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Is there a difference between partitioning and federation and sharding?

Unlike Theo Schlossnagle, author of Scalable Internet Architectures, I am not a stickler for semantics because I have an unswerving faith in the ultimate unknowability of the world as experienced by others. That's why it is Theo who bravely tackles the differences in his informative blog post Partitioning vs. Federation vs. Sharding. Royans Tharakan also talks about it on his blog.
Is there a difference and does it really matter to all our intrepid scalable website builders?

Generally whatever Theo says is probably close to the truth. Yet, in my mind I think of partitioning as a basic level category and federation and sharding as more specific (subordinate) instances of partitioning. And partitioning is a more specific instance of the more more general (superordinate) category divide-and-conquer. Which isn't a useful way to think about the topic at all.

So, let's say federation is like Star Trek. The Vulcans, Klingons, and Humans live in very separate policy domains, but they each pledge to work together to make sure Captain Kirk always gets the girl. And sharding is like AJAX, a great marketing term for stuff that may have already existed, but has taken on a new useful life on its own.

And that new useful life is that there are very specific examples of how sharding works, how it has been successful for existing web sites, and how you can create your scalable web site use shards. Federation and partitioning are far more nebulous less pragmatic concepts, so I am more than happy to AJAXify sharding into the popular lexicon :-)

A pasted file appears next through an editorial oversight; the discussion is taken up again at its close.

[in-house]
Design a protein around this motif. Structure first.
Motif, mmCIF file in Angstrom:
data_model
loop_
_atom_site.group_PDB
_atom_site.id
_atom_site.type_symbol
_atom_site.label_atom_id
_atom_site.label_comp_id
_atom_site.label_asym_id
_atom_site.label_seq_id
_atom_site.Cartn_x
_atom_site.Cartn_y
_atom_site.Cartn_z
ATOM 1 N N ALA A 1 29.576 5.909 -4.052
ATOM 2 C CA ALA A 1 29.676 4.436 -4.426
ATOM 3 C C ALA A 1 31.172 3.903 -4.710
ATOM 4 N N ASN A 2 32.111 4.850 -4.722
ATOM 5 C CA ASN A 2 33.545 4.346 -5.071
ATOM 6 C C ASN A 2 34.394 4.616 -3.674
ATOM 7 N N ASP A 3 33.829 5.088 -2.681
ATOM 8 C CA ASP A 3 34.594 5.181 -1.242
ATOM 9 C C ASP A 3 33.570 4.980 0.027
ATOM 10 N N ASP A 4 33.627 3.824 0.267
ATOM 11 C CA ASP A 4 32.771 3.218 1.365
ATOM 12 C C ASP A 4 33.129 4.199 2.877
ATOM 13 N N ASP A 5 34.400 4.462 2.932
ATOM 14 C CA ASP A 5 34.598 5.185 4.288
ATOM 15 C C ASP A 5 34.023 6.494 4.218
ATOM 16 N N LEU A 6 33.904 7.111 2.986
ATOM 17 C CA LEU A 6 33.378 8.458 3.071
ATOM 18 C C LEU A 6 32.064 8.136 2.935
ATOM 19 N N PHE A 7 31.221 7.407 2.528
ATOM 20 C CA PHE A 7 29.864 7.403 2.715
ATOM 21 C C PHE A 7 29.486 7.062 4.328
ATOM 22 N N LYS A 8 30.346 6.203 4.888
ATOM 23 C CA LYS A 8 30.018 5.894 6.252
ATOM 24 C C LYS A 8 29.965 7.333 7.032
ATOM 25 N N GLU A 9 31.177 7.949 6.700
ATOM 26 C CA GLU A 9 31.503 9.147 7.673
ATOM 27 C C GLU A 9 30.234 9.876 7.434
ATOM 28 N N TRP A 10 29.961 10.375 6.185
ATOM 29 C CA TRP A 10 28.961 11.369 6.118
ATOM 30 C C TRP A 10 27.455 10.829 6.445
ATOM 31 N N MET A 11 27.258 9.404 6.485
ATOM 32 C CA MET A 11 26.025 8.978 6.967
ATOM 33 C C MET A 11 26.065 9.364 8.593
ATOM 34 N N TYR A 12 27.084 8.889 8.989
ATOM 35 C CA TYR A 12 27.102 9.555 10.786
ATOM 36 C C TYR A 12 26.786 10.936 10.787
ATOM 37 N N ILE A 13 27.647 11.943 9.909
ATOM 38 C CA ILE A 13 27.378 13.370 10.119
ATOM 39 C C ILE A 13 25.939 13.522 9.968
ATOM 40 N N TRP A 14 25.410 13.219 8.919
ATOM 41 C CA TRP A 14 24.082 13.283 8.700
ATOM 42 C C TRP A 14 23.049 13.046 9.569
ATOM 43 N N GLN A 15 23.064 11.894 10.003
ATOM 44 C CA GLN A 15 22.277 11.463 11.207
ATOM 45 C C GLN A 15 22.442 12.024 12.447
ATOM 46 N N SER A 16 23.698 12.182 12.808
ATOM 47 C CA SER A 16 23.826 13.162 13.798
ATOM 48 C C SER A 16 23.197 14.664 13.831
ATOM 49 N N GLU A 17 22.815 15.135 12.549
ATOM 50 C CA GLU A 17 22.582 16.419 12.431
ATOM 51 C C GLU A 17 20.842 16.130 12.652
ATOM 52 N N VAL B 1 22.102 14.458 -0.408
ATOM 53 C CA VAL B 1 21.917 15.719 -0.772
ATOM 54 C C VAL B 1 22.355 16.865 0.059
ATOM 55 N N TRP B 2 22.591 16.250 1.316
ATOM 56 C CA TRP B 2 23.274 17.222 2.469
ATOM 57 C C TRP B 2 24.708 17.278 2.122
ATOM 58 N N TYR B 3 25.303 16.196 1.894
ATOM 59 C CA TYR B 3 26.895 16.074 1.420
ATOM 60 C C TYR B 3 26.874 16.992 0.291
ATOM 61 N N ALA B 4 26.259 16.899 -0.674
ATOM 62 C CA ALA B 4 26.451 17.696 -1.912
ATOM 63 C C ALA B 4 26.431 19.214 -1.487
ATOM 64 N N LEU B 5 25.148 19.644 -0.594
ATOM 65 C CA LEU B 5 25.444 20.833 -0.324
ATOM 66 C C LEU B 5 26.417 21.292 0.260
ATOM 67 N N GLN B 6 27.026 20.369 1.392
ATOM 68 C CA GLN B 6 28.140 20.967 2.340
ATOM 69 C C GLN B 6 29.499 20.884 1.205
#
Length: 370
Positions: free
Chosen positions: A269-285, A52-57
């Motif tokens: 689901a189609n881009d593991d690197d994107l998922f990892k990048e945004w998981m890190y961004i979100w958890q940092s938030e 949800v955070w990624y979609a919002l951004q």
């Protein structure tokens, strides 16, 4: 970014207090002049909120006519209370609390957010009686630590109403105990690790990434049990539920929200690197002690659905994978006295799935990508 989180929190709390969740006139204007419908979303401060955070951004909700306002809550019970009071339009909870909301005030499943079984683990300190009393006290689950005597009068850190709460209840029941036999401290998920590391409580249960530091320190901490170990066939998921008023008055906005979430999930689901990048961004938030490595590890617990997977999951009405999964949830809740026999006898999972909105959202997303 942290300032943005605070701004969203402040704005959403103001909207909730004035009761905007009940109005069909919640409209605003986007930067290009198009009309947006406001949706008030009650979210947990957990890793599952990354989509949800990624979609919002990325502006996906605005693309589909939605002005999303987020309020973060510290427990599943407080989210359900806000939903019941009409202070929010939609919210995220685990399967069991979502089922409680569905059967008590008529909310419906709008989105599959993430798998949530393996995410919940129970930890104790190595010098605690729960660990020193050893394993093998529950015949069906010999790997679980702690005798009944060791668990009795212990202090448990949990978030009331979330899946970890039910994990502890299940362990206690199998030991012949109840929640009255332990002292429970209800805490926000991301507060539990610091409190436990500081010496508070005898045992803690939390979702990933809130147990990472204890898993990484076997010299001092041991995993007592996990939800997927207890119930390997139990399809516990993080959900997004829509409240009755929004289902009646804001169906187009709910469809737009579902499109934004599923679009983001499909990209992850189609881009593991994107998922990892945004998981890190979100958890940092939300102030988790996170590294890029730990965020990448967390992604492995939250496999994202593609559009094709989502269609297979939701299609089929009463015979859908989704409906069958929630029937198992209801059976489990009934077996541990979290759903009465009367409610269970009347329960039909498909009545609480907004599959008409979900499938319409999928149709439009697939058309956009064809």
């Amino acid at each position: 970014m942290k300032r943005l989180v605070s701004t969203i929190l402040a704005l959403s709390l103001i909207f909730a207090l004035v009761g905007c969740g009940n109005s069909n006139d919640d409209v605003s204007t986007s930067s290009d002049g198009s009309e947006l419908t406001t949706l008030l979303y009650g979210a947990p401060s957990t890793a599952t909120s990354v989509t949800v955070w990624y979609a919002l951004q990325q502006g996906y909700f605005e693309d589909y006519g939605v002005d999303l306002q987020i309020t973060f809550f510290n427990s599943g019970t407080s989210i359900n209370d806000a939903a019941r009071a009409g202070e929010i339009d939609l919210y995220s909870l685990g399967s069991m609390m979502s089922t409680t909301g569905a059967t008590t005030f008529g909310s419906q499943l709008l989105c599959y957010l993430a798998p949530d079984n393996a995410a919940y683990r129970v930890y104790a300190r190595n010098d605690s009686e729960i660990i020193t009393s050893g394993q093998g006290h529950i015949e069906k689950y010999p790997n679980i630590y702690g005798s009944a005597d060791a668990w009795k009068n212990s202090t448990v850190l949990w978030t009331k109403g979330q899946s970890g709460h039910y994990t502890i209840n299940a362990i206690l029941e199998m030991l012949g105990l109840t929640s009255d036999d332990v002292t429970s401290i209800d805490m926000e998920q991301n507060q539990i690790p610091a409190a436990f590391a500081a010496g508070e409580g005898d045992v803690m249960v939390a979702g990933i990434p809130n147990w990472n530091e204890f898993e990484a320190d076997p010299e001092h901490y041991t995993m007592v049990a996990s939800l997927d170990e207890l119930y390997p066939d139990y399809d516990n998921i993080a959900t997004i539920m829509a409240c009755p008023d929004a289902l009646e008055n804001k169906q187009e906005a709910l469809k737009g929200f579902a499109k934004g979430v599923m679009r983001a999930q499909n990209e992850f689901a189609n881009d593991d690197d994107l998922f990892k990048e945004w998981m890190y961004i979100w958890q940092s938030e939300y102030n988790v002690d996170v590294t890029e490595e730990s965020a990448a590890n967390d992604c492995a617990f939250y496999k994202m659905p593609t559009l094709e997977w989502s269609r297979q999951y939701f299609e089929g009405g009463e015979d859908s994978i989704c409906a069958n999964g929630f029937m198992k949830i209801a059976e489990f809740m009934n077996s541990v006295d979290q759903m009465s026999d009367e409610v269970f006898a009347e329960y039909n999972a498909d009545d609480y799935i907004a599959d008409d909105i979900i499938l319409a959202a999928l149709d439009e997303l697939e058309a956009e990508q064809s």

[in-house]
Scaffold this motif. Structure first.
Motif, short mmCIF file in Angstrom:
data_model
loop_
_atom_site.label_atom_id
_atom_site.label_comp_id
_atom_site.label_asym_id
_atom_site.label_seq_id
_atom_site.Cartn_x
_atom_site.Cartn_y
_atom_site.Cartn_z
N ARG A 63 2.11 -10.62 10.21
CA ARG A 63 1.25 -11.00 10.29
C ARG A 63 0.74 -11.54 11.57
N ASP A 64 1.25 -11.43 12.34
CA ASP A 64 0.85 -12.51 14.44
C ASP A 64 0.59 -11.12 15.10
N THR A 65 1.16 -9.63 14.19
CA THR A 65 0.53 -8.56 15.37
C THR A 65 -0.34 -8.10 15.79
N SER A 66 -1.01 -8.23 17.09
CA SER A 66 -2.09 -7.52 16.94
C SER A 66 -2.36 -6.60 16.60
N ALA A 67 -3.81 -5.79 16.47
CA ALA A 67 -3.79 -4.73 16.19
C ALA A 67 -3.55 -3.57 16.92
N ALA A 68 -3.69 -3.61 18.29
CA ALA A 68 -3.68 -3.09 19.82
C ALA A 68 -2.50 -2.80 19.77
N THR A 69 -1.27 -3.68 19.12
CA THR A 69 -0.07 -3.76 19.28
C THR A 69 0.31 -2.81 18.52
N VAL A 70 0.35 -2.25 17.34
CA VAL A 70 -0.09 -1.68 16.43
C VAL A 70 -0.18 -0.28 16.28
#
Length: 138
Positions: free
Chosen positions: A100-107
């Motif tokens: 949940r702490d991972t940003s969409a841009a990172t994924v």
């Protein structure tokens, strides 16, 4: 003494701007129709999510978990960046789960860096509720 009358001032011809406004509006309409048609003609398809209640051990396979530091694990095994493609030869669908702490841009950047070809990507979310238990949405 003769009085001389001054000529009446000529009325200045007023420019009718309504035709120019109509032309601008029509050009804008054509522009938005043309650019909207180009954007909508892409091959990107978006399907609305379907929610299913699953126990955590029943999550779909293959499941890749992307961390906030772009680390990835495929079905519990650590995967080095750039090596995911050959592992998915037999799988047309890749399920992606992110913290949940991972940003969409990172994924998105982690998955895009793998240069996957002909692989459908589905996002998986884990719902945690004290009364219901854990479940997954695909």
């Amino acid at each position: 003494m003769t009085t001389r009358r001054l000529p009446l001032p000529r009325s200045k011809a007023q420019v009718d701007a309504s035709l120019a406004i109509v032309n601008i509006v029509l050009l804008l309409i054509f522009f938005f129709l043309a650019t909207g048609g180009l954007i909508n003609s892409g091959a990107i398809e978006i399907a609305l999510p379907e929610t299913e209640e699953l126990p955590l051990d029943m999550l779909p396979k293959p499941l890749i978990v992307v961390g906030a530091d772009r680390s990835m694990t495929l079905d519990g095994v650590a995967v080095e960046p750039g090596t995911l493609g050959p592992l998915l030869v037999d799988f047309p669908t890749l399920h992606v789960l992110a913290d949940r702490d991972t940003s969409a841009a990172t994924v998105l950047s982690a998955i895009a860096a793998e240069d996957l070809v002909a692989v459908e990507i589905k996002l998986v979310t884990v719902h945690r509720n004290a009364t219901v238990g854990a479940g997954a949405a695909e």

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  • Reader Comments (2)

    Great article. However, I disagree on two points.

    1. As Theo says, the federation is really a delegation of the data partition. It is a significantly different enough that it deserves its own classification. To classify it under partitioning would muddy the already muddy waters.

    2. I believe calling partitioning and federation nebulous and less pragmatic is incorrect and hard to understand. As Theo says, all of these concepts have been around for sometime.

    These concepts have been around in the architecture world for quite sometime. However, the knowledge of these methodologies has been confined to architecture discussions and general IT populace hasn't had a thorough understanding of these. Further, there were no popular tools to manage the federation and sharding that a company in its infancy could deploy by getting a product off the shelves.

    It is only recently that the availability of the knowledge and tools has made the partitioning/federation/sharding much more cost-effective and cost-effective proposition. That is a strong reason to clearly define these teminologies and need to be brought into popular lexicon with meaningful names.

    November 29, 1990 | Unregistered CommenterAshwani
    November 29, 1990 | Unregistered Commenterfarhaj

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